16MB or 32MB hard drive cache

  FatboySlim71 09:42 28 Feb 08
Locked

A colleague of mine has a 6 month old PC. Its got Vista 32 bit installed, its got a Q6600 processor, 4GB ram (3.5GB show up as he has a 512MB graphics card). So as you can see its a good specification.

However, when he runs the Windows Vista Experience test, he scores 5.9 on everyone apart from the primary hard drive data transfer rate, where he scores 5.2 (I think he said that, could be lower) he tells me that the drive is not fragmented as he defrags regularly. He tells me that he has a 500GB Samsung SpinPoint T 500GB SATA-II 16MB Cache hard drive in his PC.

He was wanting to know if he upgraded the drive to a Seagate Barracuda ES.2 500GB SATA-II 32MB Cache, or a Seagate Barracuda 7200.11 500GB SATA-II 32MB Cache. Would he see an improvement in his read/write speeds? also he does mention that he does find that Vista takes a bit of time to fully load up as he can hear the drive been accessed for a while after Vista has loaded up. If there would an improvement would he see his Windows Vista Experience test result go up to 5.9 for example?

  FatboySlim71 09:49 28 Feb 08

Another thing. If he did decide to change his hard drive, would it just be a simple matter of taking an image of his old hard drive and then transfering this on to his new drive with Acronis True Image 11 (this is his normal backing up program) or would would Vista kick up a stink saying the computer had been modified/changed too much? Its just I can remember reading somewhere that if your PC has been changed too much, then your operating system can stop you from reaactivating it again?

  xania 10:38 28 Feb 08

To deal with the second point first, I very mych doubt that simply changing the hard drive would make the software bat an eyelid. Using XP Pro, I have replaced the hard disk on many occasions, simply copying the partition using Partition Magic. In any event, should the OS cut up rough, unless you have an OEM version, you just telephone the number quoted by the system and they will get the matter sorted out very quickly.

I suspect that the reason the PC takes so long to load is the amount of features that it is loading - loads of fonts, loads of programs, loads of settings - most of which you will never need. So you need to take a look at what is loaded. In XP, this is via msconfig but for Vista click here.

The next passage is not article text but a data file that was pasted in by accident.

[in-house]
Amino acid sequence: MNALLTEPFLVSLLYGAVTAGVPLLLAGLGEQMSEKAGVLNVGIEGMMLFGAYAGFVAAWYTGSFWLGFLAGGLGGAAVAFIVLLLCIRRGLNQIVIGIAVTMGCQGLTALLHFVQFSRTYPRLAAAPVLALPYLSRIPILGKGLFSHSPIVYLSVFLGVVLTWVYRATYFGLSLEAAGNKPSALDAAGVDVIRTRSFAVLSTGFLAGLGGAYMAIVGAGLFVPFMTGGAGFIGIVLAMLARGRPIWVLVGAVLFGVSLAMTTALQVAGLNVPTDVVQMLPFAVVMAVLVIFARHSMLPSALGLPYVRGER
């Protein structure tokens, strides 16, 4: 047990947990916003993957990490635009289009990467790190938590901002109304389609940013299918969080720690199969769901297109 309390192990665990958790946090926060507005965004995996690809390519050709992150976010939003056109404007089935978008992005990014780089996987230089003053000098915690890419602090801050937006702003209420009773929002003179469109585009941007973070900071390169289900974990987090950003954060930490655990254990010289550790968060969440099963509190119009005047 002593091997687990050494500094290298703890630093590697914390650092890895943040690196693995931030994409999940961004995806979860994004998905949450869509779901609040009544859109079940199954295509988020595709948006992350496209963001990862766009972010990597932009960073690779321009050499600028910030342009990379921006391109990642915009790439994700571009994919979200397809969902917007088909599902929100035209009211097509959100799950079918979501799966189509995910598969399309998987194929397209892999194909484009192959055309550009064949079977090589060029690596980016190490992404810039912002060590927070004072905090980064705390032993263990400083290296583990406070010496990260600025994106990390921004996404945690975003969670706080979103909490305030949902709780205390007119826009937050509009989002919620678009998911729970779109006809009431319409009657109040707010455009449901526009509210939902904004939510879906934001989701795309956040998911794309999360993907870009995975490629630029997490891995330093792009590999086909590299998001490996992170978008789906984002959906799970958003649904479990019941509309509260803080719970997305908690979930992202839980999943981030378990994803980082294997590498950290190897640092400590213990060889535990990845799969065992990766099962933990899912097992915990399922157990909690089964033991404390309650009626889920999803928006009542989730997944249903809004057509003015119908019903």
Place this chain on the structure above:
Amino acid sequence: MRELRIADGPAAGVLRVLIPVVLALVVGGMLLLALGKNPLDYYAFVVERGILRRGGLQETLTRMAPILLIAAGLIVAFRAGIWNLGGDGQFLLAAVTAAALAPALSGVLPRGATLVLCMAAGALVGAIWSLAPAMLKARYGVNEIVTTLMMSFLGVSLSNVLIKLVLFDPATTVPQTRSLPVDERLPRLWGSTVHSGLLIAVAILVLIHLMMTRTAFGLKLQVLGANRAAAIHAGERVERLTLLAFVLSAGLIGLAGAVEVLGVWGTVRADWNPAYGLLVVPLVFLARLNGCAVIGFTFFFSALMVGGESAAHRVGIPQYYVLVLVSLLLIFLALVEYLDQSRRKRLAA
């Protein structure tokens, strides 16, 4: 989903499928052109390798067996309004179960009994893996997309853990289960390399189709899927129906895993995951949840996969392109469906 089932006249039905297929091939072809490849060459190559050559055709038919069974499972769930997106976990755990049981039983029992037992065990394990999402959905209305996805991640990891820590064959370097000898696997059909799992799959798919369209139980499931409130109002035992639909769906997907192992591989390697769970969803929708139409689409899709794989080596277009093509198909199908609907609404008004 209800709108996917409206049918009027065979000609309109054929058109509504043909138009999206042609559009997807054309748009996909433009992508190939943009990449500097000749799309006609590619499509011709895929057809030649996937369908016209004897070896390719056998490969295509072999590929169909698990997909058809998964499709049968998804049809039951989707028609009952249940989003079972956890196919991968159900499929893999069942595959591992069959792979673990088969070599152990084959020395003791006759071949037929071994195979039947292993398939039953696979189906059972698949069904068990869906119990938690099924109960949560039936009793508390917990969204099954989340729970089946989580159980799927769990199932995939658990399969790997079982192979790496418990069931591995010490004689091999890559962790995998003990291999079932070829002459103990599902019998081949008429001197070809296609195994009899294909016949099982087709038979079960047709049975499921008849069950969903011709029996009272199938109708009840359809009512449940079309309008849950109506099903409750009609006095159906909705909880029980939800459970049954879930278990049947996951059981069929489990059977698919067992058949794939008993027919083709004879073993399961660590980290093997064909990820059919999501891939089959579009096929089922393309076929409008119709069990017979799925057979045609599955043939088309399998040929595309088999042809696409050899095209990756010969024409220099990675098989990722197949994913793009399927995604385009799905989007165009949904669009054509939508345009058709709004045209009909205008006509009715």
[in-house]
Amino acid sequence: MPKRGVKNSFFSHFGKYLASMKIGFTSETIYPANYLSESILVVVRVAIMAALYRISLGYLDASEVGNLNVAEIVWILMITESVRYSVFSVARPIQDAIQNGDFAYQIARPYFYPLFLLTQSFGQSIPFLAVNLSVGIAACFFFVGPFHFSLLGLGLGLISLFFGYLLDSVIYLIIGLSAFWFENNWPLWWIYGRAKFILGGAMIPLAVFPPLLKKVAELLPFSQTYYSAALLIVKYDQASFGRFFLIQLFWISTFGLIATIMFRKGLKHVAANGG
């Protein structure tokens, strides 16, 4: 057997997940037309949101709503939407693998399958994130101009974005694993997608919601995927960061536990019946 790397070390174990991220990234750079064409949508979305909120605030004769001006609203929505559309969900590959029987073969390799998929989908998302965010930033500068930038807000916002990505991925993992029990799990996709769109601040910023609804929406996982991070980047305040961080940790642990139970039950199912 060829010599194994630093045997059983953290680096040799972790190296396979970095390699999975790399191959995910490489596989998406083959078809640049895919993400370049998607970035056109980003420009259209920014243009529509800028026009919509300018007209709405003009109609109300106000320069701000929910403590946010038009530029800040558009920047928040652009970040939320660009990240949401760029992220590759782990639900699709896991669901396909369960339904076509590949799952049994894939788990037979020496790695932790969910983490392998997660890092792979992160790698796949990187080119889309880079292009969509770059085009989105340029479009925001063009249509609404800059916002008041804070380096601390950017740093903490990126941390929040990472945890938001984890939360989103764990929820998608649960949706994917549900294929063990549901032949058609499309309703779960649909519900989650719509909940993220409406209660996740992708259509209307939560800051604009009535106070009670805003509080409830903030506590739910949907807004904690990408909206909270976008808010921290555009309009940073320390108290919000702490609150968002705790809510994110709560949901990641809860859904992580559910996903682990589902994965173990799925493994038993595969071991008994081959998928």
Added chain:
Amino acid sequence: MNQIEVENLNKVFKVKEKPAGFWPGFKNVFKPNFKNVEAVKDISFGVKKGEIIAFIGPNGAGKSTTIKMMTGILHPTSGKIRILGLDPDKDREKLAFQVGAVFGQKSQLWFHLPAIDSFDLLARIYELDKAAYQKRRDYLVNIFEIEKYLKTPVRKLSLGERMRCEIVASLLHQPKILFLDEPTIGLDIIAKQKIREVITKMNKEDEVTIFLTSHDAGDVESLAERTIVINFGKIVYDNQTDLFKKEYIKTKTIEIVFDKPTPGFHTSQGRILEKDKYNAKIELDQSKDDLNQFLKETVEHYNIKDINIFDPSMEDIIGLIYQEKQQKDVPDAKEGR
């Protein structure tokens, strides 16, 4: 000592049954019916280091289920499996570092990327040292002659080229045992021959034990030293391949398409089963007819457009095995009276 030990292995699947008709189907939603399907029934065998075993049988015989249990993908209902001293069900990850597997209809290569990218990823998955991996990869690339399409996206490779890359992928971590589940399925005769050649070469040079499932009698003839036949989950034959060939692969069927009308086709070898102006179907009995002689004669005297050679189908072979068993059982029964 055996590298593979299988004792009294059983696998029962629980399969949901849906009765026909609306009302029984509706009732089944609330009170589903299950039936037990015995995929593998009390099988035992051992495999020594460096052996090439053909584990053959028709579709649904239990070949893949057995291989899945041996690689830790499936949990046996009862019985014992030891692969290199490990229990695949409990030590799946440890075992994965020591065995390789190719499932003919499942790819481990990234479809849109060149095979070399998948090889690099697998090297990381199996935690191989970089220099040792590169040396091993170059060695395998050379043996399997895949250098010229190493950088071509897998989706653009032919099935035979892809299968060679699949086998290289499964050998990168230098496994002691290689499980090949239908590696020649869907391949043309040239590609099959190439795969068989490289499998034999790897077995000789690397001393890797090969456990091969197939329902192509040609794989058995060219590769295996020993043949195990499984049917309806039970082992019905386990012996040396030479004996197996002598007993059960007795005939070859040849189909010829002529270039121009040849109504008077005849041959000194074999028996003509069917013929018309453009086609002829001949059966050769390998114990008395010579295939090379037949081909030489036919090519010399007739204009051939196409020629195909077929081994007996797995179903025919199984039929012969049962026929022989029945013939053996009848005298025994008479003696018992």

There will be some small improvement from a HDD with a larger cache, but you already have a more significant speed improvement from SATA, and the amount of RAM installed. Others may disagree, but I suspect changing the HDD will be a waste of time.

  FatboySlim71 10:54 28 Feb 08

Thanks Xania, to be honest though, he has mentioned that he has checked the startup list to see if there were too many not needed programs running on startup as I had suggested that to him myself. Perhaps Vista takes longer to finish loading up as its a bigger/more complexed OS than XP? who knows.

  FatboySlim71 18:17 06 Mar 08

bump

  FatboySlim71 13:01 08 Mar 08

bump

  citadel 16:54 08 Mar 08

vista has several things you don't need that can be turned off to reduce hard drive activity. file indexing is one.

  FatboySlim71 17:23 08 Mar 08

Thanks citadel, but he has already tried turning off Indexing.

To be honest I think he is more bothered with his Windows Vista Experience test results than he needs to be, I think its because he scored 5.9 on everything other than the hard drive transfer rate result.

I have mentioned to him that the results he is getting 5.9 on everything apart from hard drive activity (here he scores 5.7) are very very good, I know I have seen a lot of PC's that only score 3.3 (total score).

Thanks everyone for the replies, and I'll pass the information on to him.

  Jim_F 21:26 08 Mar 08

These are seriously good scores on a well -balanced system - unless your friend has specialist needs like AV work with large file sizes he can go to a RAID0/5 and get the disk IO score up but I just don't think he would get any noticeable improvement.

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